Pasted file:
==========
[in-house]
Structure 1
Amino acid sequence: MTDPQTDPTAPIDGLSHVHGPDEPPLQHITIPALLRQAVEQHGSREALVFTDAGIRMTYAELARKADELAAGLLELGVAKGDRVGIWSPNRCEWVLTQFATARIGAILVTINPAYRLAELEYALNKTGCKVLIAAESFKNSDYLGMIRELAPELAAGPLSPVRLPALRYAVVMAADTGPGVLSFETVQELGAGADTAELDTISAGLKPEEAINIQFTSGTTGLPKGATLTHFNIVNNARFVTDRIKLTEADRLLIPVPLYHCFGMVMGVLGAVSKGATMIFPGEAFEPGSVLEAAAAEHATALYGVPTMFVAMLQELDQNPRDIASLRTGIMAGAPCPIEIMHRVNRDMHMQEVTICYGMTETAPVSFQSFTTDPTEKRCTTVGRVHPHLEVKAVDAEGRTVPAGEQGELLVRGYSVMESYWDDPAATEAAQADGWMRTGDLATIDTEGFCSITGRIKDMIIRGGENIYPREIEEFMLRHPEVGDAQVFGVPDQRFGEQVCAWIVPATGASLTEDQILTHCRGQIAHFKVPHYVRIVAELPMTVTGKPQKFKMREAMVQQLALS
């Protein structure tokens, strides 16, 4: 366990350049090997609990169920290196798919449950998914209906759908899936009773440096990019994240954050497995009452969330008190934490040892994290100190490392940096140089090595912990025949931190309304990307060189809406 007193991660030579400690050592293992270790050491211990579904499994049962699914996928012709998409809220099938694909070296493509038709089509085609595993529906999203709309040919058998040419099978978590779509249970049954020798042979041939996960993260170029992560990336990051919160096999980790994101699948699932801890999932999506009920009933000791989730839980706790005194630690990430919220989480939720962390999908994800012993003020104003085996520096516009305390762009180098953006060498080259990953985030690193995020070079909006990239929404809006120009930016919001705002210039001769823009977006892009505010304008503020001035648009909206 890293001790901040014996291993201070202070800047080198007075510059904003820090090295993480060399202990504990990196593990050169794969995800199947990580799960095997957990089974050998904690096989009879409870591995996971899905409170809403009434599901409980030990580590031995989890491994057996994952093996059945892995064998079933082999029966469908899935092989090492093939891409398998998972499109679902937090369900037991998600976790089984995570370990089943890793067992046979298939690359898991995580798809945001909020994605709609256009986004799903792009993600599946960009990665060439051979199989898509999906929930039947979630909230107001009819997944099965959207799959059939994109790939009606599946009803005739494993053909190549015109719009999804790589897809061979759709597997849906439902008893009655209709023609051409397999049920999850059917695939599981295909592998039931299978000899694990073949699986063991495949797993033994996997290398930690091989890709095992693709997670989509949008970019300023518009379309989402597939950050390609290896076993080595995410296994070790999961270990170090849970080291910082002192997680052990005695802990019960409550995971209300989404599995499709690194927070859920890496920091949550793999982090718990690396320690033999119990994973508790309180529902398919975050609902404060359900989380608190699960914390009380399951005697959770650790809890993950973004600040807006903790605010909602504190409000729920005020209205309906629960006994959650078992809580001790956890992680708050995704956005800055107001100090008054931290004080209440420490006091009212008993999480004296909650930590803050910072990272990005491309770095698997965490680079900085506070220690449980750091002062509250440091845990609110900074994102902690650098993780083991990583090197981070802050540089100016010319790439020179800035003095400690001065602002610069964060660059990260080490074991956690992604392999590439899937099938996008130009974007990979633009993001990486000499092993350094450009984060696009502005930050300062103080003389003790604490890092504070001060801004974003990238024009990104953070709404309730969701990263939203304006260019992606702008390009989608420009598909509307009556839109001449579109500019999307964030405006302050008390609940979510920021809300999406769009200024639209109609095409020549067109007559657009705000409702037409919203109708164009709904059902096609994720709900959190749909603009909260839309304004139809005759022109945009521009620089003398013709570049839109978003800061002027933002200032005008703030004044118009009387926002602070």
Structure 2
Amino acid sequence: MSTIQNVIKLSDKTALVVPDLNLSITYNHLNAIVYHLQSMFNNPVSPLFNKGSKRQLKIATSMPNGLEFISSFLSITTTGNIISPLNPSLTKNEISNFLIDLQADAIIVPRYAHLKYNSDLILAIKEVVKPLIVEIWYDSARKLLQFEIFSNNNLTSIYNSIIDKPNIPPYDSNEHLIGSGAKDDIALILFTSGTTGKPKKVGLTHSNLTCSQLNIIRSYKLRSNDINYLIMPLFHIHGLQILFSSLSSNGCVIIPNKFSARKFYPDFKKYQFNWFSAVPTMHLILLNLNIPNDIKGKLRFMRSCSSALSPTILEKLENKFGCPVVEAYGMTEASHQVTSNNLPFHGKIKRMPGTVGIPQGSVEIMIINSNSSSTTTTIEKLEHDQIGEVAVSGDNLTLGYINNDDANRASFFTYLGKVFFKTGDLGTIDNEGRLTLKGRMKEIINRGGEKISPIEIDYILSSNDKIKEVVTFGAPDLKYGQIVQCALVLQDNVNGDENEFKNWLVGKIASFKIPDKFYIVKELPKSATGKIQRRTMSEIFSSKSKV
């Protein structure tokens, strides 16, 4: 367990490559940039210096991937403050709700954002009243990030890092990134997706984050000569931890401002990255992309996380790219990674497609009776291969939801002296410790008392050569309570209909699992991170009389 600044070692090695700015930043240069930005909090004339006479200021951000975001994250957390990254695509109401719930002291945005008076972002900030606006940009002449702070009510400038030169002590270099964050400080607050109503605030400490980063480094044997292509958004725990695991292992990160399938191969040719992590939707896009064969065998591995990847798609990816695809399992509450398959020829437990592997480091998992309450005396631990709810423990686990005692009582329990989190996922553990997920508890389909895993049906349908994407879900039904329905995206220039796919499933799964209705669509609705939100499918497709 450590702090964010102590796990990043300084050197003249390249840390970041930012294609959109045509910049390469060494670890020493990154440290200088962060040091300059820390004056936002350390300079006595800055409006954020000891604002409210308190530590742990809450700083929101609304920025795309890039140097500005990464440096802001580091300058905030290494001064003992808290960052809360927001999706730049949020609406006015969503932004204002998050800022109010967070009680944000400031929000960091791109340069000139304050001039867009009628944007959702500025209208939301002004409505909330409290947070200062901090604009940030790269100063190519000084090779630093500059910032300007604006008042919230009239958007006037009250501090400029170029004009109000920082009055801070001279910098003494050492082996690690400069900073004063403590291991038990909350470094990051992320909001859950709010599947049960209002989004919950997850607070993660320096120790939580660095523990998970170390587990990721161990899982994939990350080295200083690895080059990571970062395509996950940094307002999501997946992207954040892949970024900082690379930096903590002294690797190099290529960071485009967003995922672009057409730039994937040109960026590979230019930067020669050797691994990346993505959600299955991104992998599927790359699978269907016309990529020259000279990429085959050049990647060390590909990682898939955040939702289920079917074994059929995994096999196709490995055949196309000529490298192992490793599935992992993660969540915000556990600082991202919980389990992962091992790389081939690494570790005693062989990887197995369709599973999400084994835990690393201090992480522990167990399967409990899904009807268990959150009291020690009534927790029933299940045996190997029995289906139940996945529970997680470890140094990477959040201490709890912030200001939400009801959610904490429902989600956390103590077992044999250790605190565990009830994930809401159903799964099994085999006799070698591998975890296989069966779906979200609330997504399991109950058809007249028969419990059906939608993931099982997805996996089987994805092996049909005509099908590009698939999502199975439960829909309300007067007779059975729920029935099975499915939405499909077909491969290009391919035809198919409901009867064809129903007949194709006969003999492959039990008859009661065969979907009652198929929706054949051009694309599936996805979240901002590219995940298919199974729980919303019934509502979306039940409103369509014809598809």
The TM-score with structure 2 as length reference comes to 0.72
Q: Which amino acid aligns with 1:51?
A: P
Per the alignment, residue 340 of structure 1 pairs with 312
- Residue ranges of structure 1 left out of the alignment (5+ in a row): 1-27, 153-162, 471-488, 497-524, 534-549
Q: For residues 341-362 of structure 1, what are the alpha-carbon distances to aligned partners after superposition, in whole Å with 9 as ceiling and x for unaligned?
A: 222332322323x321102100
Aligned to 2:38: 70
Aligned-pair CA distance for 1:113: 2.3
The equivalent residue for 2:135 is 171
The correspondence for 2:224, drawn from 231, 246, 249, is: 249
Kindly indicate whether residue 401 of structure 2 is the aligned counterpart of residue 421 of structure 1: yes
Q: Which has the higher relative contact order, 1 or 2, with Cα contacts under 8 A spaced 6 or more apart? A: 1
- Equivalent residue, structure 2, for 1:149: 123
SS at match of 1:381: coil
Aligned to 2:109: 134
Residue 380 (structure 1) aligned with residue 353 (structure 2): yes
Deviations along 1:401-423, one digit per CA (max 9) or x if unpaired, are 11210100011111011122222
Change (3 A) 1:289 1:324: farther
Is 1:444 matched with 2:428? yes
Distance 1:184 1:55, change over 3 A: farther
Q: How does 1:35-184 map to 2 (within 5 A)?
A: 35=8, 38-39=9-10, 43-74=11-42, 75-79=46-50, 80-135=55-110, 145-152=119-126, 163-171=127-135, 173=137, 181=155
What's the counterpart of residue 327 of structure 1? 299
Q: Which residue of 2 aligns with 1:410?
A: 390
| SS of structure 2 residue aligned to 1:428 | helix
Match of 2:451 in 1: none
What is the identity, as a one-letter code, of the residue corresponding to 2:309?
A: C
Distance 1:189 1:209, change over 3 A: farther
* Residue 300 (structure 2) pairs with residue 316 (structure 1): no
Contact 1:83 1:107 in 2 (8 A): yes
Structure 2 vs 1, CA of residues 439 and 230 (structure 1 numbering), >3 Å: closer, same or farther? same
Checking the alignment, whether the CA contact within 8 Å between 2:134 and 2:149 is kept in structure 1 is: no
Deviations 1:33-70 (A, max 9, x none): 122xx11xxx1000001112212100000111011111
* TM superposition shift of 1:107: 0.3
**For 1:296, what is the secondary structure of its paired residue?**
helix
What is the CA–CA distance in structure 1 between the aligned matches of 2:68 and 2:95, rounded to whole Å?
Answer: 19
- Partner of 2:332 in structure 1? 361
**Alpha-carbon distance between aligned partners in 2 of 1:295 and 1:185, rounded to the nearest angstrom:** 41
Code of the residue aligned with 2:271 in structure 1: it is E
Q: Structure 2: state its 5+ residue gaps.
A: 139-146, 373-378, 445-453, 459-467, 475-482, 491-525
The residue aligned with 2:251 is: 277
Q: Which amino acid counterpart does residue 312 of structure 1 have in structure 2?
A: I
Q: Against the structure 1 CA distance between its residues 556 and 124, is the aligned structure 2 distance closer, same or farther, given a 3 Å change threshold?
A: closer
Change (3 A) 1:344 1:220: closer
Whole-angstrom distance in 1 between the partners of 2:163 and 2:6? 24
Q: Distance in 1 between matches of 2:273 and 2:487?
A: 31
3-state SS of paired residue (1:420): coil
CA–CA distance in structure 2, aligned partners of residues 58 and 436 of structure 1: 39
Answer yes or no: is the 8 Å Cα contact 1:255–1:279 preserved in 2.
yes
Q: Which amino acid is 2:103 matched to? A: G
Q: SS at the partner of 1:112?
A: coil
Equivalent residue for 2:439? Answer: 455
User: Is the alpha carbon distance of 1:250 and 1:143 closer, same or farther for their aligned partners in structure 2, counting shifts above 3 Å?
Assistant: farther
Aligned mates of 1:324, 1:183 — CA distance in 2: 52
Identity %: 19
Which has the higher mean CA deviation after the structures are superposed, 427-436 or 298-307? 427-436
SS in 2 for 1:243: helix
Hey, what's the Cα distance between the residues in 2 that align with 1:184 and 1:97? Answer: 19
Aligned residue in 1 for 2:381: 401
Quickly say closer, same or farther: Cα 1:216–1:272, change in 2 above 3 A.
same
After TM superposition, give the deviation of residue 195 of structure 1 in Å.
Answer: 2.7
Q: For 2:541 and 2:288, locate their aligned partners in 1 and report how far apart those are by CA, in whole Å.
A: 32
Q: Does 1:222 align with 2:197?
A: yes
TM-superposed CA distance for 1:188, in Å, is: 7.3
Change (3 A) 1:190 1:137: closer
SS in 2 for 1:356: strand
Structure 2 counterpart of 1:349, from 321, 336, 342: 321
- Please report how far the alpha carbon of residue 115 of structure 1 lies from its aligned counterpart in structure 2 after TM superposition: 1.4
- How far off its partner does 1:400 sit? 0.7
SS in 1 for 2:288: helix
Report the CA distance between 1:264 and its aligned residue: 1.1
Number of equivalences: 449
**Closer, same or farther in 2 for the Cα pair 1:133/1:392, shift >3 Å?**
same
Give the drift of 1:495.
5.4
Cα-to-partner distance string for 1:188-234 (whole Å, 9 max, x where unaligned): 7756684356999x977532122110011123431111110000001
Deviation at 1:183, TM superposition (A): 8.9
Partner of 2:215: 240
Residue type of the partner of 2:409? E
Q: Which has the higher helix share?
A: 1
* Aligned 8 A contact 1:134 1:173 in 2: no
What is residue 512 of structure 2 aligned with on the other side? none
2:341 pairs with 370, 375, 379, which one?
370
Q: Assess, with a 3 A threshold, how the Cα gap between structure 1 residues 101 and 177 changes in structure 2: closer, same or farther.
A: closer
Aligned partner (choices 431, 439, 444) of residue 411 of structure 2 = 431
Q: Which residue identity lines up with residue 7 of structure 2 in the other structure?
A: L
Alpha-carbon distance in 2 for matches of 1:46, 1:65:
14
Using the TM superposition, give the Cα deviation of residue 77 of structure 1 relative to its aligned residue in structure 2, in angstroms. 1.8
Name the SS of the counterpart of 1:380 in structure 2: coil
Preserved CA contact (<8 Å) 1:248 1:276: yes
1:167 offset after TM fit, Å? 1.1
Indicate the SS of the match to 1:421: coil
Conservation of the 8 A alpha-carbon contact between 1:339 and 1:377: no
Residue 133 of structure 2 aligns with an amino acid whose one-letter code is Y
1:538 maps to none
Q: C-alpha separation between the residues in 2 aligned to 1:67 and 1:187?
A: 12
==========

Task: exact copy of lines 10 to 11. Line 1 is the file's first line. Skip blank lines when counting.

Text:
A: P
Per the alignment, residue 340 of structure 1 pairs with 312